Book I: Metaphysics of Knowledge.

Chapter I: The Spiritual Principle in Knowledge and Nature.

§ 46.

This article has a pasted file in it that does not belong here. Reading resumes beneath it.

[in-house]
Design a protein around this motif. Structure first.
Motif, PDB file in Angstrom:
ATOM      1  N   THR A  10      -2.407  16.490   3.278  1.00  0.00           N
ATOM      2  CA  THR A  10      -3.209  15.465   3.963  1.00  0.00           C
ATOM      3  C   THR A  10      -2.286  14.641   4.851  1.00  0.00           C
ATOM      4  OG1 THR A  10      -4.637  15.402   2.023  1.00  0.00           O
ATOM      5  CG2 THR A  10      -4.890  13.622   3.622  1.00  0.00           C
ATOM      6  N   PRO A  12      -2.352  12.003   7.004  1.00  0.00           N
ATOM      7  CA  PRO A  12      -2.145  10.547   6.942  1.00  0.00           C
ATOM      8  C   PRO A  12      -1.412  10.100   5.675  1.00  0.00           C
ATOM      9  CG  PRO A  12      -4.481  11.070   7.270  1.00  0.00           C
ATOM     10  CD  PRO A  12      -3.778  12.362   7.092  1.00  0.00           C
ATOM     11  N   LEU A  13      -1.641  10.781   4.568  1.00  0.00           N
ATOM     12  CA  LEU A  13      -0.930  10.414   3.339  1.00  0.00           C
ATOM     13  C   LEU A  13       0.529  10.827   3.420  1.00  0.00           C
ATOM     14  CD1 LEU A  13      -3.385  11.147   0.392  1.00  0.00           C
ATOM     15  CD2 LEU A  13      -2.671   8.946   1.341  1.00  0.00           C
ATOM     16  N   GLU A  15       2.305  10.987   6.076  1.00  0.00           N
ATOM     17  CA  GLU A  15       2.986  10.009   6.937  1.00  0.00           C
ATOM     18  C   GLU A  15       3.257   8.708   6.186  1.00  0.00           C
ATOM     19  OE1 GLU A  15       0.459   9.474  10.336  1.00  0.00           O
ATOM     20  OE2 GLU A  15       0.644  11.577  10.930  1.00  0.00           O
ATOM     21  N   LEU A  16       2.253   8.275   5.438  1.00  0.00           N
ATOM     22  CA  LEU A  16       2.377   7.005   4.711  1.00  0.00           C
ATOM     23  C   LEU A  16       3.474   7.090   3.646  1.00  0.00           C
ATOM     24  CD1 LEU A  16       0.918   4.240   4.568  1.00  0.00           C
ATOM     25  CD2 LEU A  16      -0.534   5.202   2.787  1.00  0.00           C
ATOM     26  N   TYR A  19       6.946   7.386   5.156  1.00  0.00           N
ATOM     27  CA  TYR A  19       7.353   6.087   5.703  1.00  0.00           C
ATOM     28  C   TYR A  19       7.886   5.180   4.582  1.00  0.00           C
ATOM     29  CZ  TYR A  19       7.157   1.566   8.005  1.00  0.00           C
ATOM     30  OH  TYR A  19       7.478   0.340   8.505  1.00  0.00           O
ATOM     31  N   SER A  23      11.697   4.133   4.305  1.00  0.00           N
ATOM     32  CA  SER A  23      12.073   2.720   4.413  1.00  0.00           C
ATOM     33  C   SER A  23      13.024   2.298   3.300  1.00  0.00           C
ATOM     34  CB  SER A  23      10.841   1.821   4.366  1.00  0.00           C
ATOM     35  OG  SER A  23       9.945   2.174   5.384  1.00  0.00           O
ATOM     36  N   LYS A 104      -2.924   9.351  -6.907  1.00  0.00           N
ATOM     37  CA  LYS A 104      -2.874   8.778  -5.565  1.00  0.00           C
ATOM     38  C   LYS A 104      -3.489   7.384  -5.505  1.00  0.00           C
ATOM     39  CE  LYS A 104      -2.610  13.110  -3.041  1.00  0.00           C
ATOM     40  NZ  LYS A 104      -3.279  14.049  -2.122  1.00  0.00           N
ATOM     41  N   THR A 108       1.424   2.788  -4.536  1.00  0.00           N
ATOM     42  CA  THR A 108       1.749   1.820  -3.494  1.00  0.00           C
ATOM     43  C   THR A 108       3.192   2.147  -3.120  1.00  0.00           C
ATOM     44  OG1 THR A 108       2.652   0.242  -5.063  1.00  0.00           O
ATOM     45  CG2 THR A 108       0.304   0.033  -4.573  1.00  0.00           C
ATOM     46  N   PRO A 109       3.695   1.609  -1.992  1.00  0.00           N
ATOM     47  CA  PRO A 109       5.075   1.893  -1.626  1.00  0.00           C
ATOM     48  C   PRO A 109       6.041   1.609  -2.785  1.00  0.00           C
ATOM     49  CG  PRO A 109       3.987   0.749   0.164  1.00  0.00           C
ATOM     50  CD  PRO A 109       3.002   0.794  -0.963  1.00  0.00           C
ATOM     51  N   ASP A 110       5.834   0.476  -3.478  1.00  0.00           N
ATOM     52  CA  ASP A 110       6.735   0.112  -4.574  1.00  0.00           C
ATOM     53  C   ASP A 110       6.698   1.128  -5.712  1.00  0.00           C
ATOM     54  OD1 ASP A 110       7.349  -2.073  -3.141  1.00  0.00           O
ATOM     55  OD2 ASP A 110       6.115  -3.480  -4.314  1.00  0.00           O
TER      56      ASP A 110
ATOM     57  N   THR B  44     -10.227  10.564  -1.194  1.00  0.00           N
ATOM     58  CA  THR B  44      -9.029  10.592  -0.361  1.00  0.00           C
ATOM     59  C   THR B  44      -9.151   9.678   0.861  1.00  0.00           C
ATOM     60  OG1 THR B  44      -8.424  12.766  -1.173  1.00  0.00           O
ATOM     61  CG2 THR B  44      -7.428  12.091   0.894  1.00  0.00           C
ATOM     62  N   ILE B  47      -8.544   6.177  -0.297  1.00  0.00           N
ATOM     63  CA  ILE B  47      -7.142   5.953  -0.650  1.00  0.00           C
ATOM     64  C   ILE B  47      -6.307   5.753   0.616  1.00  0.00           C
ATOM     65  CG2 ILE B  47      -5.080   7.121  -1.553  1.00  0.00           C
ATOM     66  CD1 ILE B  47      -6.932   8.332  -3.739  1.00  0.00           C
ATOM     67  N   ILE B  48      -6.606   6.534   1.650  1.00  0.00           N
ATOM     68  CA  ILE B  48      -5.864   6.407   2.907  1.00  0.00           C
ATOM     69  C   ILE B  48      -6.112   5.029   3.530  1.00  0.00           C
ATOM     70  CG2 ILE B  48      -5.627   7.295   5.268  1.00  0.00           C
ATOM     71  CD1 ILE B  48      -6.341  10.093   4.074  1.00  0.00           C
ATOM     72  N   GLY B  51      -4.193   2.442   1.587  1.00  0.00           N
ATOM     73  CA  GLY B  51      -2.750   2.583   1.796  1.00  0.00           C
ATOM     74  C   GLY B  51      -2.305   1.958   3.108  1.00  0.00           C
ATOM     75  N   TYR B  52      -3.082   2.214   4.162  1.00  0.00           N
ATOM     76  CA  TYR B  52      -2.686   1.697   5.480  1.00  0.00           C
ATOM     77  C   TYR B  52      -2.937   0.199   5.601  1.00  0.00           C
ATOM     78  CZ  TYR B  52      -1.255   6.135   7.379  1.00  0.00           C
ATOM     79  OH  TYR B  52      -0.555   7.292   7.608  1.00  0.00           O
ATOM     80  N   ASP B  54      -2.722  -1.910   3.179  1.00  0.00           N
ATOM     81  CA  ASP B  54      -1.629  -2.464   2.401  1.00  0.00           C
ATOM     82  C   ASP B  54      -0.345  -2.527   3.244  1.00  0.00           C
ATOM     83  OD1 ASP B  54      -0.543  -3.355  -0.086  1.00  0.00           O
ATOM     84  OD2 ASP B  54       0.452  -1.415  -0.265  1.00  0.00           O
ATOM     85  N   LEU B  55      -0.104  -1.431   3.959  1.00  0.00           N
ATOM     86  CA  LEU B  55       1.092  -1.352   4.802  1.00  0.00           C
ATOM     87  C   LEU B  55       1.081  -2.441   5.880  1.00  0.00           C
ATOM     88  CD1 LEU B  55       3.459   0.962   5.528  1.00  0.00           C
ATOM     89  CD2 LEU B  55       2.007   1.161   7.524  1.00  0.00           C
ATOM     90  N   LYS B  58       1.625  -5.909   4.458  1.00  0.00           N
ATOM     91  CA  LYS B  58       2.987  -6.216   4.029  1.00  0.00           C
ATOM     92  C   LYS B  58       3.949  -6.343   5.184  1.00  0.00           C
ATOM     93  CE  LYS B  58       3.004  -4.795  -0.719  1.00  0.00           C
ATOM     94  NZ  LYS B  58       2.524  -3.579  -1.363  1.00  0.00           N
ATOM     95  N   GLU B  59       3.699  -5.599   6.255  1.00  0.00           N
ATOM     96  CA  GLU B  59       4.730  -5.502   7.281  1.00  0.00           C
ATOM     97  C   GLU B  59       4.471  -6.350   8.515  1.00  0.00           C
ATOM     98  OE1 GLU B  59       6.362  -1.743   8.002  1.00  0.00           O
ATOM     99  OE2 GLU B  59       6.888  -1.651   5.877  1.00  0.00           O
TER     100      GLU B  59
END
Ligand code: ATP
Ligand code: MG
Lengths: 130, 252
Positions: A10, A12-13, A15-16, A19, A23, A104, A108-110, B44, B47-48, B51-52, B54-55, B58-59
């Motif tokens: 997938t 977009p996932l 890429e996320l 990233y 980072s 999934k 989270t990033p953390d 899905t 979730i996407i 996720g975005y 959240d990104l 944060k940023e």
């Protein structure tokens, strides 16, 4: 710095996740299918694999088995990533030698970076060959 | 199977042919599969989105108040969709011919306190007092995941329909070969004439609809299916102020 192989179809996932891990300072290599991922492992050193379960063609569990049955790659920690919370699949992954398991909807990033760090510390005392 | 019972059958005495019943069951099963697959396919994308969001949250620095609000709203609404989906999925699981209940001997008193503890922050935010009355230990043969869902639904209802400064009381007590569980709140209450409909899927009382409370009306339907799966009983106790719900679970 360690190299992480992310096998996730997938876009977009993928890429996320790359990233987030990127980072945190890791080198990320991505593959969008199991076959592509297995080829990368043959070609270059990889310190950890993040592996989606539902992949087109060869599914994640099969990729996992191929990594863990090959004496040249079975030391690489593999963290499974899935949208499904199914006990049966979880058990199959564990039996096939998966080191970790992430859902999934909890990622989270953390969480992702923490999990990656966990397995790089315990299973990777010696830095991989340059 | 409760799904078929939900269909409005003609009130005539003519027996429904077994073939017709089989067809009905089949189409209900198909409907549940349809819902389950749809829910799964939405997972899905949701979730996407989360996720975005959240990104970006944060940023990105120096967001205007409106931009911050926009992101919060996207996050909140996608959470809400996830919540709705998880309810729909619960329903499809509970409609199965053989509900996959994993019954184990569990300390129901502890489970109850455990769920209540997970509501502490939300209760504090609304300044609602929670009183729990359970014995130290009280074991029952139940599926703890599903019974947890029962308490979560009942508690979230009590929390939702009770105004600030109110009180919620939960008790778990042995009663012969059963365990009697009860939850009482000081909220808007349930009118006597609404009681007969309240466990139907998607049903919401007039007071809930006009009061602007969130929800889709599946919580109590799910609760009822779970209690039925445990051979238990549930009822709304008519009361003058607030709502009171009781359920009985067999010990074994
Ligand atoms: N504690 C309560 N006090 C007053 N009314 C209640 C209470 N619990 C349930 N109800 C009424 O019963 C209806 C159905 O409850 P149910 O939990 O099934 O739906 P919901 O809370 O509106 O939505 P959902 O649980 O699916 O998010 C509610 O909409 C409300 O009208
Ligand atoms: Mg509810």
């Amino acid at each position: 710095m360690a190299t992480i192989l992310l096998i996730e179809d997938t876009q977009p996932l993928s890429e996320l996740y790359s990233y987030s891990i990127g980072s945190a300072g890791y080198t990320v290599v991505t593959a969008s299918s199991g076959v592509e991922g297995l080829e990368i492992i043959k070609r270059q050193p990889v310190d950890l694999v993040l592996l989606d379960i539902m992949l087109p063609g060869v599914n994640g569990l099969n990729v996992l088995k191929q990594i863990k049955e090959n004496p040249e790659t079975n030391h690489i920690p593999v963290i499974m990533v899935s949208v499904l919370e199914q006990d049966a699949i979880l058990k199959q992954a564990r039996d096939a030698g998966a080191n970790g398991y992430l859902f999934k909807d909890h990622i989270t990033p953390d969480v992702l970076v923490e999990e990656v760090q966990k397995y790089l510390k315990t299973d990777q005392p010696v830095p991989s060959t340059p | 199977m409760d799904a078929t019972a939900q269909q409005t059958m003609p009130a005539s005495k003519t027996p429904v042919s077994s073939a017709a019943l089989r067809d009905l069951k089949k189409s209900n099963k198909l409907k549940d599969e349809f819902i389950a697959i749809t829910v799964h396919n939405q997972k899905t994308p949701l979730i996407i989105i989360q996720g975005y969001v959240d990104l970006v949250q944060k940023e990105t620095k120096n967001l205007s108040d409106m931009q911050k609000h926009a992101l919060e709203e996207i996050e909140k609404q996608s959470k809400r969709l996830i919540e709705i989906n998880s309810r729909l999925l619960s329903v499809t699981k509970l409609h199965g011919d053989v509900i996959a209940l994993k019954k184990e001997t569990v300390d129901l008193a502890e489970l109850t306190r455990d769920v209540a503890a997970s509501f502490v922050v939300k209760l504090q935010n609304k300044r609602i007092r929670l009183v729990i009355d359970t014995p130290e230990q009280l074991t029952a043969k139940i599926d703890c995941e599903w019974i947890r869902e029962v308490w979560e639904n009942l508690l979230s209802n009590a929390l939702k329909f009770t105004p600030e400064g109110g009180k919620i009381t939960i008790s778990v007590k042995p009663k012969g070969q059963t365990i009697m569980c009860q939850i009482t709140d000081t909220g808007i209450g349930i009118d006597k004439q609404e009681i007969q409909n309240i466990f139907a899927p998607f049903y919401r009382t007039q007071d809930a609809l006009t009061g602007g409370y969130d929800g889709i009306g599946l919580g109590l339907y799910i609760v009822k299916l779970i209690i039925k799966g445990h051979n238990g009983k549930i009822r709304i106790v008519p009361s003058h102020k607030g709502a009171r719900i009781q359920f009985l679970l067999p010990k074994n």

After what has been already said, the answer to these questions need not detain us long. If it is admitted that we know of no other medium but a thinking or self-distinguishing consciousness, in and through which that unification of the manifold can take place which is necessary to constitute relation, it follows that a sensation apart from thought--not determined or acted on by thought--would be an unrelated sensation; and an unrelated sensation cannot amount to a fact. Mere sensation is in truth a phrase that represents no reality. It is the result of a process of abstraction; but having got the phrase we give a confused meaning to it, we fill up the shell which our abstraction has left, by reintroducing the qualification which we assumed ourselves to have got rid of. We present the mere sensations to ourselves as determined by relation in a way that would be impossible in the absence of that connecting action which we assume to be absent in designating them mere sensations. The minimum of qualification which we mentally ascribe to the sensation in thus speaking of it, is generally such as implies sequence and degree. A feeling not characterised either by its connexion with previous feeling or by its own intensity we must admit to be nothing at all, but at first sight we take it for granted that the character thus given to a feeling would belong to it just the same, though there were no such thing as thought in the world. It certainly does not depend on ourselves--on any power which we can suppose it rests with our will to exert or withhold--whether sensations shall occur to us in this or that order of succession, with this or that degree of intensity. But the question is whether the relation of time between one sensation and another, or that relation between a sensation and other possible modes of itself which is implied in its having a degree, could exist if there were not a subject for which the several sensations, or modes of the same sensation, were equally present and equally distinguished from itself. If it is granted that these relations, which constitute the minimum determination of sensible fact, only exist through the action of a subject, it follows that thought is the necessary condition of the existence of sensible facts, and that mere sensation, in the sense supposed, is not a possible constituent in the realm of facts. (§ 46 ¶ 1)